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The immortality of any piece of writing, especially one that is targeted at proscenium performances, lies entirely on the universality of the narrative plot.
Therefore, though Moliere’s The Miser—adapted, contemporised and performed in Bengali —was first staged almost four centuries ago in September 1668 in Paris, it remains as contemporary as it was when first produced.
Comedy and satire, if written intelligently by weaving into it a critique of the social system, can work wonders on an audience even 400 years later.
That is perhaps what made Sayak and its founder-director Meghnad Bhattacharya choose The Miser to be presented as Premkatha (Sagas of love). The original French play is said to have been loosely based on the Latin comedy, Aulularia by Plautus, from which many incidents and scraps of dialogue are borrowed, as well as from contemporary Italian farces.
Sayak’s performance stands as a testimony to the theme’s immortality. The Bengali adaptation looks as fresh, topical and contemporary as if it was written today. Chandan Sen has placed it in contemporary Kolkata, which imbues the play with the correct regional flavour for the audience to get the hang of it without referring to Moliere’s original.
Prankeshto (Meghnad Bhattacharya), a widower in his late sixties, runs a successful business as a cloth trader in Kolkata. He has two adult children, a daughter Pulokita (Antara Dey) and a son Palash (Ajoysankar Banerjee) who call their father Chippu because he is a merciless and pathological miser.
He is willing to marry his daughter off to a widower twice her age on the sole ground that the aged bridegroom has agreed to marry her without a dowry.
He announces that he will marry a poor young girl, Prerona (Anamika Bhattacharjee), who manages to eke out a living for herself and her widowed mother by supplying fried puffed rice to different shops. He organises a “bridegroom watching” ceremony in his own house, warning his chef-cum-driver not to fill the car with more than one-and-a-half litres of petrol to bring the bride’s party home.
But there are problems.
Pulakita is in love with Dolgobindo (Samiran Bhattacharyya) who works in Prankeshto’s shop. Palash is in love with Prenona and is trying to raise a loan from the market to set up his own sweet shop to be free from the miserly clutches of his father.
While trying to raise the loan through a corrupt loan agent, he finds that the way to getting the loan is fraught with so many obstacles that he would perhaps be better off without it! But then, how would he marry Prerona who he dreams of “rescuing” from her dire straits?
Both Palash and Pulakita, despite the education their miserly father has provided, are worthless in the world, unable to make anything concrete of their lives except talking tall and criticising their father. The family retinue Phajil (Uttam Dey) is thrown out of his job by Prankeshto because the latter suspects him of trying to steal the gold he hides in the house.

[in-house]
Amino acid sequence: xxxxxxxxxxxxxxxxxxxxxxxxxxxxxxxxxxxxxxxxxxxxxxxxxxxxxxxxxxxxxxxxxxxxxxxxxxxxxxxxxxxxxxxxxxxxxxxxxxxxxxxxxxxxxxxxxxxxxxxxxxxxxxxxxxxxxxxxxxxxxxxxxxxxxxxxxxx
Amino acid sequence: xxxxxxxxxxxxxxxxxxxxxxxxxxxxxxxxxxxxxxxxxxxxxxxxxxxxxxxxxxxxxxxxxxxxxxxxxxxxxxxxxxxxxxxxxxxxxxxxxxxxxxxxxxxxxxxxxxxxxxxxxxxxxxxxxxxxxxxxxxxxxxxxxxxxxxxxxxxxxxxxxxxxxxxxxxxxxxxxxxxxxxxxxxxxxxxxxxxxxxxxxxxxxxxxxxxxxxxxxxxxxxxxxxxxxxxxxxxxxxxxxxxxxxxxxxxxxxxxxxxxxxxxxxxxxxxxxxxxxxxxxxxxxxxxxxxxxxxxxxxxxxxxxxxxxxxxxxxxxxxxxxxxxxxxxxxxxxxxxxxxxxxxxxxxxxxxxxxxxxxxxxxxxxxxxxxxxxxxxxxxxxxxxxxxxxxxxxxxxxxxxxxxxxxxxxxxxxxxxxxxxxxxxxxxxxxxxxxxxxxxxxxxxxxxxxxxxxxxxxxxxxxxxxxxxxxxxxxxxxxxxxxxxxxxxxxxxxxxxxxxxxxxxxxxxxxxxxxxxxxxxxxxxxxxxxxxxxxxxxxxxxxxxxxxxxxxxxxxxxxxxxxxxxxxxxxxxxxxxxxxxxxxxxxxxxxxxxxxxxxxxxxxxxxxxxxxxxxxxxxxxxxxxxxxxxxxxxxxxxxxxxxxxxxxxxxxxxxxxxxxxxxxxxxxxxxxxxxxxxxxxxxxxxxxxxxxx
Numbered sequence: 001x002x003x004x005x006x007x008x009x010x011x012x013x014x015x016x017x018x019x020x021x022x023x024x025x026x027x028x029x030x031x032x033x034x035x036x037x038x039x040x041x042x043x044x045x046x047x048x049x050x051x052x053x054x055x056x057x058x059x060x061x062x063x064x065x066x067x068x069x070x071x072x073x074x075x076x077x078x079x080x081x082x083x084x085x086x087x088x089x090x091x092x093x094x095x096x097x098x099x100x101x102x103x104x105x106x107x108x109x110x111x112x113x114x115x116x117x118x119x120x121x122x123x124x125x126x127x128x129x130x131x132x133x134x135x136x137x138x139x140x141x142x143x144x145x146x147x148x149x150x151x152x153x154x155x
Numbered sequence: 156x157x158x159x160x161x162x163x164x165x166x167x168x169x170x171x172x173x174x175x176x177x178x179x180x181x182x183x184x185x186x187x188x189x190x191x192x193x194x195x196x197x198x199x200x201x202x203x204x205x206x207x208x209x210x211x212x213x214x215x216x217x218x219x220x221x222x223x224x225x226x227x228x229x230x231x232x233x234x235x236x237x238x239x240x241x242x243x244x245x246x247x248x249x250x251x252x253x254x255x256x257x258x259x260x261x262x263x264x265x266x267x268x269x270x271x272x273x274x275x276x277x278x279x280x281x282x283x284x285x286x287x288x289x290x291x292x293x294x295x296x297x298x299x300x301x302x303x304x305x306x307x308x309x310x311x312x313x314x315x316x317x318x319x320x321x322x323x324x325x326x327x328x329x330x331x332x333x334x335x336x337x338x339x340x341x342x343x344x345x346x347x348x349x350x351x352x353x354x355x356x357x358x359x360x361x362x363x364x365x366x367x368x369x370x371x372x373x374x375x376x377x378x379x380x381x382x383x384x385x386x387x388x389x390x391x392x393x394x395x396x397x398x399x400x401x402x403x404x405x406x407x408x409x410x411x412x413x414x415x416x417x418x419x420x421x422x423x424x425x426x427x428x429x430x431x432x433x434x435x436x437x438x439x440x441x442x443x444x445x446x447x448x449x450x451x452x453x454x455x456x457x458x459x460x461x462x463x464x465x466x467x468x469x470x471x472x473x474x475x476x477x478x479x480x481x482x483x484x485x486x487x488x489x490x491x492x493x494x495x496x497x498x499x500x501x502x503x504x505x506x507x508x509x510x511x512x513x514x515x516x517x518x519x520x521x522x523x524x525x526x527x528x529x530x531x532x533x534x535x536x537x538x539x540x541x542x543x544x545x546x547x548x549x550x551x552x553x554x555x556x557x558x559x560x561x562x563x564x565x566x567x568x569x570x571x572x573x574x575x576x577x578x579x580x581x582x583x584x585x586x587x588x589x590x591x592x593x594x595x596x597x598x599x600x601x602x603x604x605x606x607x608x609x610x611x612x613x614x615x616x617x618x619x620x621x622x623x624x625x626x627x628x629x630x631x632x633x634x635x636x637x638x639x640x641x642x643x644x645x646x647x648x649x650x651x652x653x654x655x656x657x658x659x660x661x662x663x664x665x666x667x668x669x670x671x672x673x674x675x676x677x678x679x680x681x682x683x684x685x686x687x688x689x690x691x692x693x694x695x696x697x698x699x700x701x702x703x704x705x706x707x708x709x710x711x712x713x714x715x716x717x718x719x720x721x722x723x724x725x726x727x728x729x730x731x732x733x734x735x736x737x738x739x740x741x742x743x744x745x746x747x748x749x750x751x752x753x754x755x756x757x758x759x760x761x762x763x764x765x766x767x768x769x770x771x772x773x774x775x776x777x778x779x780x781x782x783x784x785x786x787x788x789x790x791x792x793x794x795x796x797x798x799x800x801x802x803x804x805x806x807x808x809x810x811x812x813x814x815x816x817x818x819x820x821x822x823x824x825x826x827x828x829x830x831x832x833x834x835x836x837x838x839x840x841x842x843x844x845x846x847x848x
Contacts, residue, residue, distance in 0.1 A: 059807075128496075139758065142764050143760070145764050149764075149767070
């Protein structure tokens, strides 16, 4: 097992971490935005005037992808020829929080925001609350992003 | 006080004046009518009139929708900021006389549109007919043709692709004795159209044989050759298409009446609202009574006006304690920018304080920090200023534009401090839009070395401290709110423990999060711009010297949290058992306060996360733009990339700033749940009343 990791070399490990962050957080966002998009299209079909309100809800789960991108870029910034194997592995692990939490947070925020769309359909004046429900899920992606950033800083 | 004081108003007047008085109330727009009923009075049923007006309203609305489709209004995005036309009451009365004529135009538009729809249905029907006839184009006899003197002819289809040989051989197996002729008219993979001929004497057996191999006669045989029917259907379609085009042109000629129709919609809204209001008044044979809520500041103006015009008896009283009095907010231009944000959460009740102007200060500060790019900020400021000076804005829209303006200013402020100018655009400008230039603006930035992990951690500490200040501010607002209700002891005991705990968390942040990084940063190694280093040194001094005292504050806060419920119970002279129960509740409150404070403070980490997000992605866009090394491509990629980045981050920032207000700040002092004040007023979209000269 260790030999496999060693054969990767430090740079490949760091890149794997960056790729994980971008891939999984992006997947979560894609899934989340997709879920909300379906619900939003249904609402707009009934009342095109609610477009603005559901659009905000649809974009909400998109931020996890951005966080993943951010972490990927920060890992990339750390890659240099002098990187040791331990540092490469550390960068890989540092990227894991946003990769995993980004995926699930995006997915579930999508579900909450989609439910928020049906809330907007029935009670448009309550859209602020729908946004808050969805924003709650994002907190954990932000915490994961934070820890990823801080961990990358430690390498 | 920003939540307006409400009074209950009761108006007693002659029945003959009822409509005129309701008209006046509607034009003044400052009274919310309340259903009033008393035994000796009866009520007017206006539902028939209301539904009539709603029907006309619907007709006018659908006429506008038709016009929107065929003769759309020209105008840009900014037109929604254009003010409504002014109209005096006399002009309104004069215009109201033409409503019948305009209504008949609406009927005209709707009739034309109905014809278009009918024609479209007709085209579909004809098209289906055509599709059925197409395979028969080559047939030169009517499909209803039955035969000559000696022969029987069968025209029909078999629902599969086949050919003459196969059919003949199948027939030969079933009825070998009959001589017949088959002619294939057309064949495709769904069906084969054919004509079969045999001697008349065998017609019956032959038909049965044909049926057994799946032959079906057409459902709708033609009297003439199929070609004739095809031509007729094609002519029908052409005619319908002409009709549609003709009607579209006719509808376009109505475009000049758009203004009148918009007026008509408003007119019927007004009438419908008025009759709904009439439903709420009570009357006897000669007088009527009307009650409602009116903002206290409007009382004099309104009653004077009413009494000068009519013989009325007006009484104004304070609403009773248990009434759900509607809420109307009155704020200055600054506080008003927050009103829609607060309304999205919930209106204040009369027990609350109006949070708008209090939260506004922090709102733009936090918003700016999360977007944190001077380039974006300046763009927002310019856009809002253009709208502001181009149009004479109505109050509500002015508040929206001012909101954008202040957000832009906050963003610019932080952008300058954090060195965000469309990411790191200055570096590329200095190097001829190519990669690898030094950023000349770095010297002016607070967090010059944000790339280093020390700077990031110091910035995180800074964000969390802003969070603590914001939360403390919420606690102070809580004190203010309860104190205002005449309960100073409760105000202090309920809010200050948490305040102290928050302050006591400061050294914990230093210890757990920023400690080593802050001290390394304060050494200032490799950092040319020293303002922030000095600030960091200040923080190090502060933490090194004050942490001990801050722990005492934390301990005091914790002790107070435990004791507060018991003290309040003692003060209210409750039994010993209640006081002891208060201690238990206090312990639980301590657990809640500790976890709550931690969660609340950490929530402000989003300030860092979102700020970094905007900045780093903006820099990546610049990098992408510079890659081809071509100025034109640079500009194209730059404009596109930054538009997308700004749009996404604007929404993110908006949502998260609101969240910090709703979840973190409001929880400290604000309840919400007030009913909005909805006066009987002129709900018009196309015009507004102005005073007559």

His suspicions are correct. His cook and driver are one and the same, disgusted with the way his boss treats him. The marriage agent Jhorapata Patronobis (Indrajita Chakraborty) who wears Westernised clothes and labours over her English accent is actually targeting Prankeshto as a prospective groom for Prerona because she wants him to fund the NGO she works for!
Every single character is on a self-seeking, axe-grinding expedition and basically, not that different from the protagonist, Prankeshto.
Sociologically speaking, the play is an incisive critique on the selfishness of ordinary people on one hand and of the self-aggrandisement of people like Prankeshto on the other. Premkatha, the title, can be taken seriously if one takes the happily-ever-after ending as the closure.
But if probed deeply, the same title, from a different perspective, can be read as a satiric title in a play where love plays an ironical role. The names of characters are a wonderful strategy for invoking laughter among the audience. Jharapata is a human personification of “shed leaves” with a thin form, while Phazil, which means “one who always cracks jokes”, turns out to be a joke unto himself.
The director has used a chorus, which is dressed up as jokers in a circus to emphasise the satire. The chorus moves in and out of the proscenium space to sometimes move silently or echo responses of the characters and move the props to execute a change of scene. They look quite colourful but tend to drag after a point of time.
There are no “serious” scenes in the play. The acting is outstanding with special commendations for Meghnad Bhattacharya, Ajoysankar Banerjee and Indrajita Chakraborty.
But sometimes, the actors tend to go over the top. Meghnad blinks all too often during his spaces.
It is much more difficult to perform a satire-cum-comedy than it is to stage a tragedy or a whodunit and the actors have done justice to their natural way of approaching the characters that they have fleshed out.
What has led to many language and culturally different versions being staged down the years is that Molière’s humour does not translate well and requires more or less free adaptations to succeed.
Premkatha, celebrating the 44th year of Sayak in Bengali theatre bears that out and some more.